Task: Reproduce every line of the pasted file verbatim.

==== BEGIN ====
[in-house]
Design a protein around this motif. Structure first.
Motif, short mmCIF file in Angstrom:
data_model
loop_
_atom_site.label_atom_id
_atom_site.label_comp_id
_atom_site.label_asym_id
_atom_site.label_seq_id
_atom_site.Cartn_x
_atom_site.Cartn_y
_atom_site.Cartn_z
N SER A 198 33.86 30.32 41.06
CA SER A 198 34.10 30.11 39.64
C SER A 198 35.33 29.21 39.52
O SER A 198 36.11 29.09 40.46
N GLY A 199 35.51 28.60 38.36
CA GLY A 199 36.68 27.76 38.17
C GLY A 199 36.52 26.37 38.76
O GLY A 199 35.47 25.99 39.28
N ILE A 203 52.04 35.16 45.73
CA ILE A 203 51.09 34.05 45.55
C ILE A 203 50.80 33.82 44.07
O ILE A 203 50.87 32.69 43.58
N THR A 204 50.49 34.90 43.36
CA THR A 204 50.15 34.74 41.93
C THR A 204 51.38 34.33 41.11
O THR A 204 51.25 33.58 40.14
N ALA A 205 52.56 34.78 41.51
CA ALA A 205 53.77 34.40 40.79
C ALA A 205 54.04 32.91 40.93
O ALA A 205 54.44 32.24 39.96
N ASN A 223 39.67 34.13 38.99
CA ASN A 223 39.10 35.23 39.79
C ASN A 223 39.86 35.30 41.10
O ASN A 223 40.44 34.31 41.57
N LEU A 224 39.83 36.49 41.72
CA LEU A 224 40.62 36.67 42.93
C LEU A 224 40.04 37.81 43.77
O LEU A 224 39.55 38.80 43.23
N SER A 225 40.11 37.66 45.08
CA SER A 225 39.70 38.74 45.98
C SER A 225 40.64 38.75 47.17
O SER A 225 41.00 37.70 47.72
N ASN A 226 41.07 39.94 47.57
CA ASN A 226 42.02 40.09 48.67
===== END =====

[in-house]
Design a protein around this motif. Structure first.
Motif, short mmCIF file in Angstrom:
data_model
loop_
_atom_site.label_atom_id
_atom_site.label_comp_id
_atom_site.label_asym_id
_atom_site.label_seq_id
_atom_site.Cartn_x
_atom_site.Cartn_y
_atom_site.Cartn_z
N SER A 198 33.86 30.32 41.06
CA SER A 198 34.10 30.11 39.64
C SER A 198 35.33 29.21 39.52
O SER A 198 36.11 29.09 40.46
N GLY A 199 35.51 28.60 38.36
CA GLY A 199 36.68 27.76 38.17
C GLY A 199 36.52 26.37 38.76
O GLY A 199 35.47 25.99 39.28
N ILE A 203 52.04 35.16 45.73
CA ILE A 203 51.09 34.05 45.55
C ILE A 203 50.80 33.82 44.07
O ILE A 203 50.87 32.69 43.58
N THR A 204 50.49 34.90 43.36
CA THR A 204 50.15 34.74 41.93
C THR A 204 51.38 34.33 41.11
O THR A 204 51.25 33.58 40.14
N ALA A 205 52.56 34.78 41.51
CA ALA A 205 53.77 34.40 40.79
C ALA A 205 54.04 32.91 40.93
O ALA A 205 54.44 32.24 39.96
N ASN A 223 39.67 34.13 38.99
CA ASN A 223 39.10 35.23 39.79
C ASN A 223 39.86 35.30 41.10
O ASN A 223 40.44 34.31 41.57
N LEU A 224 39.83 36.49 41.72
CA LEU A 224 40.62 36.67 42.93
C LEU A 224 40.04 37.81 43.77
O LEU A 224 39.55 38.80 43.23
N SER A 225 40.11 37.66 45.08
CA SER A 225 39.70 38.74 45.98
C SER A 225 40.64 38.75 47.17
O SER A 225 41.00 37.70 47.72
N ASN A 226 41.07 39.94 47.57
CA ASN A 226 42.02 40.09 48.67